4. Missing Landing Pages

This error, a very serious one, is thankfully rare, but it does happen from time to time, and it should never happen to you, because a PPC ad linking to an error 404 or a “site not found” means you’re literally throwing money away – lots of money if your ad has a top position. To avoid this error, make sure that your PPC team always knows about changes your Webmaster is making to your site.

5. Outdated Landing Pages

This error is common among landing pages in the personal services sector. If I’m searching for a literary agent, and I see that her landing page was updated more than a year ago, I’d wonder about how much attention she’d give my book project. A malpractice lawyer whose landing page has a “Copyright 2004” notice will create similar doubts about his ability to stay current on current case law. The fact that these obvious errors persist for years creates a dark cloud in the prospect’s mind about the quality of the promised personal service, and should be avoided, especially because this error is so easy to correct.

6. Slow-Loading Landing Pages

According to the latest studies, 73 percent of Americans now have high-speed broadband connections, but can you really afford to turn away customers that are using dialup lines with a bandwidth-sucking splash screen? Flash-driven splash screens are great for branding, but before you go overboard, ask yourself whether you can achieve the same objectives without alienating 27 percent of your possible prospects.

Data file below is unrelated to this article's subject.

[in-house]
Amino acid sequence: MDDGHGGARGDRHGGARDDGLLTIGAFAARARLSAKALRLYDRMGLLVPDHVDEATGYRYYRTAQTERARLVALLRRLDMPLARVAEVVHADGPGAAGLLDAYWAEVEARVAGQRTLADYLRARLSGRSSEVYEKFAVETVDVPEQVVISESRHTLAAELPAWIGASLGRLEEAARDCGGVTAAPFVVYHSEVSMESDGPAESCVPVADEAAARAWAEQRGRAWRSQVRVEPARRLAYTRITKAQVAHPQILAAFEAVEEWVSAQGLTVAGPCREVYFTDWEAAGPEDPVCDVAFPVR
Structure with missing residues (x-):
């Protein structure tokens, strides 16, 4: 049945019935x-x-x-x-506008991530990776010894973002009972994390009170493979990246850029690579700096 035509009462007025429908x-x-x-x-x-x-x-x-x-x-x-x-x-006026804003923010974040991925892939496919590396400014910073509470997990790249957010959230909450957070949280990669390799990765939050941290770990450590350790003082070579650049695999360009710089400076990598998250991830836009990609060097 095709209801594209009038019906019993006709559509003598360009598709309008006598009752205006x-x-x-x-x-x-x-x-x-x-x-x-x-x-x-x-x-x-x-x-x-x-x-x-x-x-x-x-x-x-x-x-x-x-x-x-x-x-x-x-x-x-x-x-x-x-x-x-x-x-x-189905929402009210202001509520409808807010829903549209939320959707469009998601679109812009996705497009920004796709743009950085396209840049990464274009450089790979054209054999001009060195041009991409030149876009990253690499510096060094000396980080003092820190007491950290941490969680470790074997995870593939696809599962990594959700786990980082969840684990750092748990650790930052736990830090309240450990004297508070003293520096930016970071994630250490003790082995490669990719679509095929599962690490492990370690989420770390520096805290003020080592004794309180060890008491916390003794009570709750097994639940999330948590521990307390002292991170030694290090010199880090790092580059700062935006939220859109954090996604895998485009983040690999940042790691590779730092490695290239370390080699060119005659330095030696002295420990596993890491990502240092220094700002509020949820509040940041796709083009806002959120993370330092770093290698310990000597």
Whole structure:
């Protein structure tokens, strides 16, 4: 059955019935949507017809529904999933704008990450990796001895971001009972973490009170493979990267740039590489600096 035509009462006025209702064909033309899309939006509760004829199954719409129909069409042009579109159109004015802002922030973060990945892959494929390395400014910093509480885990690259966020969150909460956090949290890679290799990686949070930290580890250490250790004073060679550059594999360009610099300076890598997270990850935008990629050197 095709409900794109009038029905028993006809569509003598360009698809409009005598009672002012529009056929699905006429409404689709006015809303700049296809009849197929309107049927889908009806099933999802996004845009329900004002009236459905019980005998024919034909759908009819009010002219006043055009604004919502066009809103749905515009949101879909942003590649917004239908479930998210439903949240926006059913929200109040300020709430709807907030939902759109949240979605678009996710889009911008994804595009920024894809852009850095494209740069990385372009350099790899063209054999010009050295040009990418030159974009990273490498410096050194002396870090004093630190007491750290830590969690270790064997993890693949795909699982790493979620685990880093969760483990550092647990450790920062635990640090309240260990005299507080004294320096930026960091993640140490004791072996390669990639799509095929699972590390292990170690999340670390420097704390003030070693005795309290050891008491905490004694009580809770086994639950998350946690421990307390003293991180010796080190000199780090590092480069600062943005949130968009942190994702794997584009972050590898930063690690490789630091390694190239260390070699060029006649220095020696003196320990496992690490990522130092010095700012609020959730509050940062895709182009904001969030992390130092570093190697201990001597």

7. Landing Pages With Obvious Misspellings

One prominent home security firm with top ad placements on Google has a great text ad, but on its destination page, in big headlines, it announces a security system featuring “burgulary, fire/medical and carbon monoxide protection.” If this firm can’t spell “Burglary” correctly, why should I trust it to protect my home? Sadly, if this firm’s internal grammar police had been more watchful, a confidence-destroying error such as this one could have been fixed in about five seconds. Avoid this error by running your copy through a Spell Check program before uploading it to your Website.

8. Landing Pages With Serious Grammatical Errors

One prominent SEO firm that’s currently spending a lot of money on Search ads has a slew of grammatically incorrect statements on its site, including the following one: “Great marketing copy turn drive-by visitors into repeat customers.” Hmm, I guess its copywriter meant “great marketing copy TURNS drive-by visitors into repeat customers.” But wait; it gets better. This firm (which charges $150 per hour for its copy-editing services), has another sentence that commits the same grammatical error (called an “error of agreement”) and is also unconsciously ironic: “Even slight improvements in your body copy improves visitor interest and overall conversions.” Frankly, I wouldn’t trust this company with my ad copy if it were charging $1.50 per hour, and neither should you.